6. You are hosting a dinner with four of your comedy idols, who gets the invite?
Lucille Ball, Carol Burnett, Alexis Guerreros, and Catherine O’Hara.

Bartley Booz (Dennis Tyde)

The Play That Goes Wrong- off-Broadway-Bartley Booz (Dennis Tyde)

1. What do you consider a near-perfect comedy?
Monty Python and the Holy Grail.

2. What scares you the most about performing this show each night?
That I’ll break!

3. Three words to describe your Cornley Drama Society character:
Articulate. Punctual. Professional. Brave, even.

4. When have you laughed the most as a live audience member?
John Mulaney at Radio City. I laughed so hard I went blind.

5. What’s been the biggest onstage mishap you’ve experienced in your lifetime?
During a pretty climactic scene in a college production I shouted the wrong line. It was a pretty pivotal plot point. Could have been useful.

6. You are hosting a dinner with four of your comedy idols, who gets the invite?
Steve Martin, John Cleese, Bob Newhart, and Mike Birbiglia.

Chris Lanceley (Jonathan Harris)

The Play That Goes Wrong- off-Broadway-Chris Lanceley (Jonathan Harris)

1. When you were growing up, what did you consider the funniest movie you knew?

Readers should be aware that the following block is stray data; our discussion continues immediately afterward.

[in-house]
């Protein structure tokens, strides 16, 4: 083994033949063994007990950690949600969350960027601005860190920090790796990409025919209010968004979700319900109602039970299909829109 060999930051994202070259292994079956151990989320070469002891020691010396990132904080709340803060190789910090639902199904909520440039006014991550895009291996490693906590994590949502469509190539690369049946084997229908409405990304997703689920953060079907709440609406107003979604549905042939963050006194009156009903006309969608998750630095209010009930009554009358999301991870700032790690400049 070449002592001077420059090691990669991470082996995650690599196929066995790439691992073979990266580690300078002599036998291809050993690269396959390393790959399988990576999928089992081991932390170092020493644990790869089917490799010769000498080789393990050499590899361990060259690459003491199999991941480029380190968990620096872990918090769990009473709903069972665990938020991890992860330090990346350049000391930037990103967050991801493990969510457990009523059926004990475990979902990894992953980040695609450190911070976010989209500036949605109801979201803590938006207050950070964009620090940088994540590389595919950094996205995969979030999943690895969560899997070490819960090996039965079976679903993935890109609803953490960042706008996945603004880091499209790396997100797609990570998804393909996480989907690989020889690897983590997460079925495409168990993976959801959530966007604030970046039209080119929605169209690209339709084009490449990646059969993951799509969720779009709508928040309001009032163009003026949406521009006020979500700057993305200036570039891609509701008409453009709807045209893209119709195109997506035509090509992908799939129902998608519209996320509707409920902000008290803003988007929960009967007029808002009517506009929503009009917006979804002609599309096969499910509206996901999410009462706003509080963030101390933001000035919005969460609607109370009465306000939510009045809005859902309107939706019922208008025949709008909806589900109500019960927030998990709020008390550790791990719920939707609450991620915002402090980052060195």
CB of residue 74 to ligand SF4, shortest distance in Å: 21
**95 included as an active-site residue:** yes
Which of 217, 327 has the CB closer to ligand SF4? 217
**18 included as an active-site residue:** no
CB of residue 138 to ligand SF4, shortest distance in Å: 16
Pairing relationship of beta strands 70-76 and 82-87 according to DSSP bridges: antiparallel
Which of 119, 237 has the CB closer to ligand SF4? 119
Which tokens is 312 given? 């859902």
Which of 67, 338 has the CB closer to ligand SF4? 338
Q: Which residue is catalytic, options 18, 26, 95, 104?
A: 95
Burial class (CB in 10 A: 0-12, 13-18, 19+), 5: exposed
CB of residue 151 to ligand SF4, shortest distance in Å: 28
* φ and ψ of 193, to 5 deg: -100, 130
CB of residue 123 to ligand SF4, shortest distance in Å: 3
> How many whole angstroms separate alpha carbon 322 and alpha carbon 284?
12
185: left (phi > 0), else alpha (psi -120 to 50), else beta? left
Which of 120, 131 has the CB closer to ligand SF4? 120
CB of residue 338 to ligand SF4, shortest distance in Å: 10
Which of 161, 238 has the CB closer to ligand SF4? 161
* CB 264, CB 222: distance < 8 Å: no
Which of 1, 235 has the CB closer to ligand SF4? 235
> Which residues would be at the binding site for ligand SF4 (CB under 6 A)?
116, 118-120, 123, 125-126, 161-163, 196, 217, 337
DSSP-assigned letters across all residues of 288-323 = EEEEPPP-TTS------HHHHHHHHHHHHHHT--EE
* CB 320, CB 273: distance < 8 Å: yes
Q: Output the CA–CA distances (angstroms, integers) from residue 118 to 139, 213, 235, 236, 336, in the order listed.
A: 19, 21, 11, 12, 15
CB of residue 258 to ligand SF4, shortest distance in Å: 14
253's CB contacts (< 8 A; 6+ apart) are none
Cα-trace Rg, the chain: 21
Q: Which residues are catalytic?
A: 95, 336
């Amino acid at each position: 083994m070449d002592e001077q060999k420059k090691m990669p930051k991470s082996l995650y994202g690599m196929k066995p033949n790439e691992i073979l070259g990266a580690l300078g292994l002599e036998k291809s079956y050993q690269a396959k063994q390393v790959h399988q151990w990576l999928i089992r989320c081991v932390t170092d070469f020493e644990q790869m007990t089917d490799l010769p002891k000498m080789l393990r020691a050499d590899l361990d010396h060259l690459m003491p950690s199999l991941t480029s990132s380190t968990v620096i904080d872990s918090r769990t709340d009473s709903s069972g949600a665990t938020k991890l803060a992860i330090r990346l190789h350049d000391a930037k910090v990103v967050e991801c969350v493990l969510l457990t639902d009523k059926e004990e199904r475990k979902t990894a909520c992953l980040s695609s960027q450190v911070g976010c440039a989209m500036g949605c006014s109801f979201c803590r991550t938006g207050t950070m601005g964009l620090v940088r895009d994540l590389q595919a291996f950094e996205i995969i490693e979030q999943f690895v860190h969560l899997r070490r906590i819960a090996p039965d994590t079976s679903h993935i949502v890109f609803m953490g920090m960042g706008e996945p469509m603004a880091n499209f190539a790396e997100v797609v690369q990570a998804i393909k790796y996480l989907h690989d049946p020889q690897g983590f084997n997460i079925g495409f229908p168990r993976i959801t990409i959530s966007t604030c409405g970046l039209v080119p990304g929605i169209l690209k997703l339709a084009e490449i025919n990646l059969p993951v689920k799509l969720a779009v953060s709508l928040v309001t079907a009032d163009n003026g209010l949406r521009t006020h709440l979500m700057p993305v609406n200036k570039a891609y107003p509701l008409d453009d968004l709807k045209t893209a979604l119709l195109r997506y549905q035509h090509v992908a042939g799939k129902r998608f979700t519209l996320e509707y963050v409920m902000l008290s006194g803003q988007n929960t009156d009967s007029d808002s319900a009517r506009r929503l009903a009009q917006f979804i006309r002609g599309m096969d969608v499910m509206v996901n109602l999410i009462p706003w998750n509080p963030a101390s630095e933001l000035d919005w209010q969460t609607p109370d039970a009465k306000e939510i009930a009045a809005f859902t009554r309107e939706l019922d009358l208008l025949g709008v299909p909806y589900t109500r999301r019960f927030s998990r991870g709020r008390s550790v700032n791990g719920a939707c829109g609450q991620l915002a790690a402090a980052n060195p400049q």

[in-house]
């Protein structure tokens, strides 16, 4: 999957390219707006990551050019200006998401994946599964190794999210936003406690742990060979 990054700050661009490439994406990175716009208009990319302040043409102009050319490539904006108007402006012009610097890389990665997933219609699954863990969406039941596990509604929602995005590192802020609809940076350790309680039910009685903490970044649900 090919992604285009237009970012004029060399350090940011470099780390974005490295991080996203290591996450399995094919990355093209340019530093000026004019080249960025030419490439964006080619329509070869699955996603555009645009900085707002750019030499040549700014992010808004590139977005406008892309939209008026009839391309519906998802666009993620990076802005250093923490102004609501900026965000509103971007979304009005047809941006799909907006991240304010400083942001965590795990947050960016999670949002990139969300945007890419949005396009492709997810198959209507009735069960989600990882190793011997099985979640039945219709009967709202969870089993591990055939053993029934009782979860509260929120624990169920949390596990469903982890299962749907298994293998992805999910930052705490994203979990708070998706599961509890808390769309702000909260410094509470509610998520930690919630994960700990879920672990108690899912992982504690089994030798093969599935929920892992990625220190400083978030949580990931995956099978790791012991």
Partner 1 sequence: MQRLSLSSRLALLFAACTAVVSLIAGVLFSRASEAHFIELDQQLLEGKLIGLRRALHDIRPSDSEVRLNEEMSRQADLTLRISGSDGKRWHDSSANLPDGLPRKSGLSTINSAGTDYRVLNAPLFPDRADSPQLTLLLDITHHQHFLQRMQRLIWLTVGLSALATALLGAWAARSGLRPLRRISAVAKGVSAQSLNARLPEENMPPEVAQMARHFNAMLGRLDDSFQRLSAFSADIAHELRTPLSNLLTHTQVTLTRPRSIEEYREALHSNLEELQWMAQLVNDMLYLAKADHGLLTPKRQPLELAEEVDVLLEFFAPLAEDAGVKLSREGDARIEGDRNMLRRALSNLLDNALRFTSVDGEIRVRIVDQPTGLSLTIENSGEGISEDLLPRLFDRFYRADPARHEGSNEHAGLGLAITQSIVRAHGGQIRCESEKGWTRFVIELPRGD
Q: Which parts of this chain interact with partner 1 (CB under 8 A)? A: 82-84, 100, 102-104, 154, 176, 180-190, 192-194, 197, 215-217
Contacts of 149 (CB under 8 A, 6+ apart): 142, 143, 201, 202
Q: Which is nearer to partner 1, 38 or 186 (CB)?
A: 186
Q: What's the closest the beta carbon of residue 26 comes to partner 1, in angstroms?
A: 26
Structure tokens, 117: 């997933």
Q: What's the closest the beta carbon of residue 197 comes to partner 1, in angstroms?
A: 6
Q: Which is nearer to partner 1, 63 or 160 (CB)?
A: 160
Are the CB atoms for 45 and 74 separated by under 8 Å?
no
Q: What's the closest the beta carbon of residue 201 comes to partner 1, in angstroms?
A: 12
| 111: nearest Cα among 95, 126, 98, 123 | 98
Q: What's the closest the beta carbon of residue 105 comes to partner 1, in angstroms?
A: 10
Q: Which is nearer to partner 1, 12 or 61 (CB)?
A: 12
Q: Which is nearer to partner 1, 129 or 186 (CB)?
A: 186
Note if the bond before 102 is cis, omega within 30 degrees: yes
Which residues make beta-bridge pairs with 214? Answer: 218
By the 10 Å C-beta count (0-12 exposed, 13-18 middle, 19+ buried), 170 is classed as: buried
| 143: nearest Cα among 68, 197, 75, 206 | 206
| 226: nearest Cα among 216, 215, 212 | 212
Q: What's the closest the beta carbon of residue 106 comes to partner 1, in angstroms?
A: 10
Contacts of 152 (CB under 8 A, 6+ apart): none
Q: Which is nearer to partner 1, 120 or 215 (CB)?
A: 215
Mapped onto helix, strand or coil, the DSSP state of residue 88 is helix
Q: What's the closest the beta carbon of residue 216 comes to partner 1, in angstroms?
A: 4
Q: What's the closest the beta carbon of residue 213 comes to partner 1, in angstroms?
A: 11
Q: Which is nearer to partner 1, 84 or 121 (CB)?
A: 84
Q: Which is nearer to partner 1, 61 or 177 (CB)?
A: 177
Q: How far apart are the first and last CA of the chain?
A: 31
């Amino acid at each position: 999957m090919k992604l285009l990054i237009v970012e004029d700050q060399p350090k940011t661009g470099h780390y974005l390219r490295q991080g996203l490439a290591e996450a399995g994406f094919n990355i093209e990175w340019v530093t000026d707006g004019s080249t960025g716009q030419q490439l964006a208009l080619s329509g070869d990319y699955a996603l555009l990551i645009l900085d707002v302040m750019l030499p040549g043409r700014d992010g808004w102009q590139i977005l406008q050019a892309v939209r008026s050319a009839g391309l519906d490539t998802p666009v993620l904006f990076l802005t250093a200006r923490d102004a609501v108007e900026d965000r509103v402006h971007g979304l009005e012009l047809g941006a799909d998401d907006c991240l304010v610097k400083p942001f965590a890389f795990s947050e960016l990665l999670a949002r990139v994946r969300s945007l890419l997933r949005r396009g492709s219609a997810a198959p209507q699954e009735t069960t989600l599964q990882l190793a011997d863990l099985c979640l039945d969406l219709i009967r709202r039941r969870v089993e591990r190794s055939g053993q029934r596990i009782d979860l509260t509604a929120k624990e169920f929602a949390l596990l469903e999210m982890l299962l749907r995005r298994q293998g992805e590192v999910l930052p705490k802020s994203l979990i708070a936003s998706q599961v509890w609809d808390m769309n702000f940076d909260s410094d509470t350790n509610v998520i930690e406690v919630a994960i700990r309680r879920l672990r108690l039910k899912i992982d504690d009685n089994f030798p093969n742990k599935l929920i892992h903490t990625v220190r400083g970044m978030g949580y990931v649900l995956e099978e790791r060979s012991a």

Monty Python's the Life of Brian. Holy Grail comes in a close second though! I was first introduced to it by a school mate of mine when a group of us were over at his house. I remember him putting in the VHS while one of us stood guard at the door in case his parents were coming! We were definitely a bit too young for it at the time and half the jokes went way over my head but it was just silly enough for my adolescent brain to latch onto as "the funniest film ever". As I got older, those jokes that went over my head began to make sense and it just got even funnier! It also gave us one of the best and funniest songs of all time!

2. As an adult, what do you consider a near-perfect comedy?
I'm leaving movies and heading over to TV. The Royle Family, a British show about a working class northern family that takes place entirely inside their home is as close to perfect as it comes. Every moment of laughter is brought about in the most delicate and subtle manner and while they're a family with immense flaws, they're so real that you end up loving each and every one of them. This sets up some really beautiful moments as the family navigate major life events and their humanity shines through their pretty rugged exteriors!

3. What excites you the most about performing this show each night?